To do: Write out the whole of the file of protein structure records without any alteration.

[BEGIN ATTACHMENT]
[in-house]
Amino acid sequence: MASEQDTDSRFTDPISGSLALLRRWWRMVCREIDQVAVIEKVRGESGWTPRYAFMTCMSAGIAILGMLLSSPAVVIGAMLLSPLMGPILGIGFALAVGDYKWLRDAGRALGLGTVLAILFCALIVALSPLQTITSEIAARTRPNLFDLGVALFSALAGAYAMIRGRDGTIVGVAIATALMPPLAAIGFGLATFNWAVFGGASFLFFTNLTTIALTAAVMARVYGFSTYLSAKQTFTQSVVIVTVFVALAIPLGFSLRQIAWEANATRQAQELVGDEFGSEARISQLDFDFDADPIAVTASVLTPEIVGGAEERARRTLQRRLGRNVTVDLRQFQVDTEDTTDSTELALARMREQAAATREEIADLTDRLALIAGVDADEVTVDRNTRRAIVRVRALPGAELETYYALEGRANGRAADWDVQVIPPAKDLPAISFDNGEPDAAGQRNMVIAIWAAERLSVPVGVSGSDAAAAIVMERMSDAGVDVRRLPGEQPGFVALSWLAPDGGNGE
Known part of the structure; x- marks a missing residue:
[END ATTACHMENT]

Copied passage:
[in-house]
Amino acid sequence: MASEQDTDSRFTDPISGSLALLRRWWRMVCREIDQVAVIEKVRGESGWTPRYAFMTCMSAGIAILGMLLSSPAVVIGAMLLSPLMGPILGIGFALAVGDYKWLRDAGRALGLGTVLAILFCALIVALSPLQTITSEIAARTRPNLFDLGVALFSALAGAYAMIRGRDGTIVGVAIATALMPPLAAIGFGLATFNWAVFGGASFLFFTNLTTIALTAAVMARVYGFSTYLSAKQTFTQSVVIVTVFVALAIPLGFSLRQIAWEANATRQAQELVGDEFGSEARISQLDFDFDADPIAVTASVLTPEIVGGAEERARRTLQRRLGRNVTVDLRQFQVDTEDTTDSTELALARMREQAAATREEIADLTDRLALIAGVDADEVTVDRNTRRAIVRVRALPGAELETYYALEGRANGRAADWDVQVIPPAKDLPAISFDNGEPDAAGQRNMVIAIWAAERLSVPVGVSGSDAAAAIVMERMSDAGVDVRRLPGEQPGFVALSWLAPDGGNGE
Known part of the structure; x- marks a missing residue: